It’s about “not feeling defeated before you tee off,” Rees told us. “I played with Jack Nicklaus, and he said to me, ‘Are you going to play up there at the ladies’ tees, or are you going to come back here with me?'” Rees joined Jack from the back tees and said he “was already defeated.”

The game needs to grow, and if I know anything about golfers it’s that love [and addiction] for the game comes through development and that fleeting feeling of doing something just right. New players can’t expect to go out and shoot par, but they can expect a process of learning, and along that path to grow a love for the game that keeps them coming back.

More than anything, Rees Jones’ redesign of Medinah Course Two is a restoration project that returns much of the original 1925 architecture of Tom Bendelow.

The trend in golf following World Was II was to shrink greens and eliminate sand traps. Seeing green contours as a form of hazard, Jones restored many of Bendelow’s original intentions for the course, including green shapes and sizes, based on aerial photos from 1938.

Over 600 trees were supplanted to restore the architect’s original intentions, and closely mowed areas now run in to and around sand traps, recovery areas and the walk-ups to adjacent tee boxes. This natural lead-up is an old-school feature I’ve come to appreciate, and one I’ve noticed at other upper-echelon Golden Age clubs including Milwaukee , Shoreacres and others.

“Bunkers are the personality of golf courses,” Rees told us, and the trick is to make sand features “Challenging, everlasting and interesting.”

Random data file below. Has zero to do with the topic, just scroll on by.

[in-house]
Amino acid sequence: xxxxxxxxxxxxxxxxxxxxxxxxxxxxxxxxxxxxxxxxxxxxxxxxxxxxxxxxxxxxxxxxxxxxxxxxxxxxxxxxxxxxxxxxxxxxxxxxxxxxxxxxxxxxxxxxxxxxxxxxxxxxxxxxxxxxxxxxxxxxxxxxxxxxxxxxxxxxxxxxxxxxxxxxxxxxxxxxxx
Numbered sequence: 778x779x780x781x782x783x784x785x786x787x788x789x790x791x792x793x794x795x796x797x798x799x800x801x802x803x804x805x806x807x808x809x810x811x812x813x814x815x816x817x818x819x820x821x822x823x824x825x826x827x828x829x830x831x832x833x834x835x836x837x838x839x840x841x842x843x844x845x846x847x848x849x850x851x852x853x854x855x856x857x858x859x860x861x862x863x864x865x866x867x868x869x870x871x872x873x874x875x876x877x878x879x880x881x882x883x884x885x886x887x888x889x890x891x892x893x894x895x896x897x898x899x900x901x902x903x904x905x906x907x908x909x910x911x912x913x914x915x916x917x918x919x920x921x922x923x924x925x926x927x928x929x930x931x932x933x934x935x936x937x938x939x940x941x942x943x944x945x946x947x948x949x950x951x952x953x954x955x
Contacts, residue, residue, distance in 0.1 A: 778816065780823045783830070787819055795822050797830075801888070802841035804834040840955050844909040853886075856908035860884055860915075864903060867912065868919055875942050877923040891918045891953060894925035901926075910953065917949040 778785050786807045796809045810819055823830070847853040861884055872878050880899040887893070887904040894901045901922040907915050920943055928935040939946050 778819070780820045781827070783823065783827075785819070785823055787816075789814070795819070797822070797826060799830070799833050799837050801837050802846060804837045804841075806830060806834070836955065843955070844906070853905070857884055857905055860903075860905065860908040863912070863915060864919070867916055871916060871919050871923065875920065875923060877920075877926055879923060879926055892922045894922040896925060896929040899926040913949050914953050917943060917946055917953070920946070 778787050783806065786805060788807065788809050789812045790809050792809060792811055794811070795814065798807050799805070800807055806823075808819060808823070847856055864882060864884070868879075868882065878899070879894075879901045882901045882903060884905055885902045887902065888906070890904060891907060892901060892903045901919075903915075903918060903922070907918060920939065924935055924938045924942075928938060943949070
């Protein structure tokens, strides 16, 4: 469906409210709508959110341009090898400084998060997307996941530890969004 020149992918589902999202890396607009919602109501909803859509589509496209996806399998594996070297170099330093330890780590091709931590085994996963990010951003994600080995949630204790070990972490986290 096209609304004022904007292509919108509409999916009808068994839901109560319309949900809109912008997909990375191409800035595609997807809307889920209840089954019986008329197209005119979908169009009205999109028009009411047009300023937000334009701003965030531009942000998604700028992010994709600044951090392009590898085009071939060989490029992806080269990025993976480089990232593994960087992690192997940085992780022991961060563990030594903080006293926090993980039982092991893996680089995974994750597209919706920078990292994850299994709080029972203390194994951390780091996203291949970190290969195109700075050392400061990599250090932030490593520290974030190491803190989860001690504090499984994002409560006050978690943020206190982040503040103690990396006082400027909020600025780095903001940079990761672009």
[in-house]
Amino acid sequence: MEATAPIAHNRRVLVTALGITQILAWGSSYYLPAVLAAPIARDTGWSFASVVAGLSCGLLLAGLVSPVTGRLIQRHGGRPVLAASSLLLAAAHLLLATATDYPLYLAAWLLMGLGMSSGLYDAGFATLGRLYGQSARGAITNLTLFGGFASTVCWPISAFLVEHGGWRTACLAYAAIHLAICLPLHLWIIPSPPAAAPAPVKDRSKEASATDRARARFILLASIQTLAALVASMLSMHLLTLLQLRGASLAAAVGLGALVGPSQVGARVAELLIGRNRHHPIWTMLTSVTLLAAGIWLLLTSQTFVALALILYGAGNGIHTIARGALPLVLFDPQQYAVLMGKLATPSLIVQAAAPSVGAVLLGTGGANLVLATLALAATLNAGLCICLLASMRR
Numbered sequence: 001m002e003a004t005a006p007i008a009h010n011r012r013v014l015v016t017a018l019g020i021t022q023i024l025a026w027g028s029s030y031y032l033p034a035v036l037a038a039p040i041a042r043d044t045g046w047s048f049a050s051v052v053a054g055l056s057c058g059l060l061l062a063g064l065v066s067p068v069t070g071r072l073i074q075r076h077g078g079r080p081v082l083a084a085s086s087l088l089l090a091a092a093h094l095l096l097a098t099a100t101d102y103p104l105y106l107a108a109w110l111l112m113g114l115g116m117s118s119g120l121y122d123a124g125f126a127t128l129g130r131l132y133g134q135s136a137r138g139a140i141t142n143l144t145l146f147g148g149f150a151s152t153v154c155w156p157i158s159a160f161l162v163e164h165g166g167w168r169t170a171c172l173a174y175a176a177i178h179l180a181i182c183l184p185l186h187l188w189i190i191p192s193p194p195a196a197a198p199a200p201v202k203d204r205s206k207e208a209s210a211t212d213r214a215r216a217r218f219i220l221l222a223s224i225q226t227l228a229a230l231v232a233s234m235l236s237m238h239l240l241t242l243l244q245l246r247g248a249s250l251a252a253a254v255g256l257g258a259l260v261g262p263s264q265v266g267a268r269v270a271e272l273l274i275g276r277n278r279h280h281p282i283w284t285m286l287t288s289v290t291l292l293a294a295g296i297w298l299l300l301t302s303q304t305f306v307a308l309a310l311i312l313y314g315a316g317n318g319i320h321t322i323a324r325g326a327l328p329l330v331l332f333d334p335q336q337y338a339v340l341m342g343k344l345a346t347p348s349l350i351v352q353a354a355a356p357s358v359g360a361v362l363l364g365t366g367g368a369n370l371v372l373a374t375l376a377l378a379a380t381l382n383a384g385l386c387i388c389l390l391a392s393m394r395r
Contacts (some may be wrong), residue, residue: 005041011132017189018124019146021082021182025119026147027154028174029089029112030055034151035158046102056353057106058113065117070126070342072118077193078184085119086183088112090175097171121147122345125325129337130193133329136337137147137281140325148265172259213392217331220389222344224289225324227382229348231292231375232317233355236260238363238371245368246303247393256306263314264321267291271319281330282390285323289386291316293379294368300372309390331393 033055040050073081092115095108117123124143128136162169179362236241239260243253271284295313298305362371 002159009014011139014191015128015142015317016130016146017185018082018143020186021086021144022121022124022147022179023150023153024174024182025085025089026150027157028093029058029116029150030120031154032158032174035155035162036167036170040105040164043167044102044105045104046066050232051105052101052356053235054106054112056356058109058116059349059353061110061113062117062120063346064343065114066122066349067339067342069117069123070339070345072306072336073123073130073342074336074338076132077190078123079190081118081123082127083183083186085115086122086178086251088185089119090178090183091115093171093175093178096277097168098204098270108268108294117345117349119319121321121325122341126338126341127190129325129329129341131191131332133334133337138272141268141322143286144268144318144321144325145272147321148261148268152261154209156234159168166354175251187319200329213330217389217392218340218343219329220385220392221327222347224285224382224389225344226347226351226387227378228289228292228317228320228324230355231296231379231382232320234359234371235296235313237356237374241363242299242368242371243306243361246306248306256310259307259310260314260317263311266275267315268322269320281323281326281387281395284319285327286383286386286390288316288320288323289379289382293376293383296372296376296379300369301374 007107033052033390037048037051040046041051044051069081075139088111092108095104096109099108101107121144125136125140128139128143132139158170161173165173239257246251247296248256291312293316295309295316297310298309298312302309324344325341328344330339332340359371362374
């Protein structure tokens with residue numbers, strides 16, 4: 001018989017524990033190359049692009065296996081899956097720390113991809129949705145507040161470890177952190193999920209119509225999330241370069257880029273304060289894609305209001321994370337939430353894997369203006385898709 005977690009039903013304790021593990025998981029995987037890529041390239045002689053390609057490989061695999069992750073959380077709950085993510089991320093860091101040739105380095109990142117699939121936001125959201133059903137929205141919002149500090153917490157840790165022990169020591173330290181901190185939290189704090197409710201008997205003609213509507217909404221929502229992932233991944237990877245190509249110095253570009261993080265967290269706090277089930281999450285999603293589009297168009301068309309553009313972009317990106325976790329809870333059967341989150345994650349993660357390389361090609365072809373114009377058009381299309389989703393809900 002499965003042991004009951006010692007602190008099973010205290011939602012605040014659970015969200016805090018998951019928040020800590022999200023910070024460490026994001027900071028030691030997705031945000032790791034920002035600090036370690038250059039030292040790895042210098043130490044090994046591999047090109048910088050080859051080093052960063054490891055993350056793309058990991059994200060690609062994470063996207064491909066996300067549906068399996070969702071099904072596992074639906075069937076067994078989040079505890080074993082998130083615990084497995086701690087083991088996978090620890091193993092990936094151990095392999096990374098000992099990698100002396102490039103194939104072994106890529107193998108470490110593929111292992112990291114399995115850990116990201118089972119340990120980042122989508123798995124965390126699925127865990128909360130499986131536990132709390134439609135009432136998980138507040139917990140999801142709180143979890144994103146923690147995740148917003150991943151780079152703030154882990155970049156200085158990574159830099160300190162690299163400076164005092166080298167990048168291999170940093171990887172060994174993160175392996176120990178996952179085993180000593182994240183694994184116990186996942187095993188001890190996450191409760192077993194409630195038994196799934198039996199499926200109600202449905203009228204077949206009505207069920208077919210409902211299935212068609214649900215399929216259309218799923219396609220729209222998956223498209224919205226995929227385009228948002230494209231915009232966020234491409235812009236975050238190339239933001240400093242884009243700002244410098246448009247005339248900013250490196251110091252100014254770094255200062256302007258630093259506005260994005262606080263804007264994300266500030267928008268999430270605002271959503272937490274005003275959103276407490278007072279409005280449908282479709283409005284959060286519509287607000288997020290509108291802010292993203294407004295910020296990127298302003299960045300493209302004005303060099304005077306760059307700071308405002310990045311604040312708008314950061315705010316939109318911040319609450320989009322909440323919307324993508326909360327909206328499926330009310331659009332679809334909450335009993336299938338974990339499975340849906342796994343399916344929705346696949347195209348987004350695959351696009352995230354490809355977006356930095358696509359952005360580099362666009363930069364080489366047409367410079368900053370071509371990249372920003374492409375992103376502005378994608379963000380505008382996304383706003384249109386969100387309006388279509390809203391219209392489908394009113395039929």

Rees considers the traps on Course Two to be the simplest of any of the three layouts. Their depths are modest, allowing for manageable egress by both players on foot and for their sand shots. Position is still key, but the lack of brutally deep bunkers and high lips is intended to keep from discouraging players.

While many trees were removed from the course, most tree lines were maintained – they still provide a natural barrier to the fairways but should not allow for lost balls.

The overall fairway acreage on Course Two was expanded from 21 to 34 acres on a course with just 110 total acres of terrain. Comparatively, the great Merion Golf Club lies on 126 acres, and my beloved home course of North Hills is just 126.5. Sometimes the best things come in small packages, and Course Two at Medinah qualifies.

My overwhelming feeling while touring Course Two with Rees Jones, the staff of Medinah and other members of the golf media is that this course will be a ton of fun. No. 2 was not designed to beat players about the head, and its key defenses against par are its magnificent, large and undulating greens and what will undoubtedly be fast and furious conditions.

Rees incorporated fun and aesthetically pleasing features in to other areas of the course’s design, too, including one of my favorites here: A shared hazard and fairway area between the par four fifth and par three sixth:

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The sixth is the longest par three on the course, measuring 207 yards from the tips with a small green surrounded by Ohio Fairmont Minerals Best white sand and closely shorn runoffs. Grass cut to fairway length encircles the entire green complex, requiring precision on shots around the green.

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The par 3 6th hole on the new Course Two at Medinah Country Club (207 yards)

The eighth is another great looking par three, uphill to a large putting surface with fantastic undulations. First a look at the hole from the tee boxes, taken by Nick Novelli, then a view of most of the putting surface – these greens look amazing!

Medinah Country Club_Course#2_Hole8-Credit to Nick Novelli

Medinah Country Club, Course Two, Par 3 – photo credit to Nick Novelli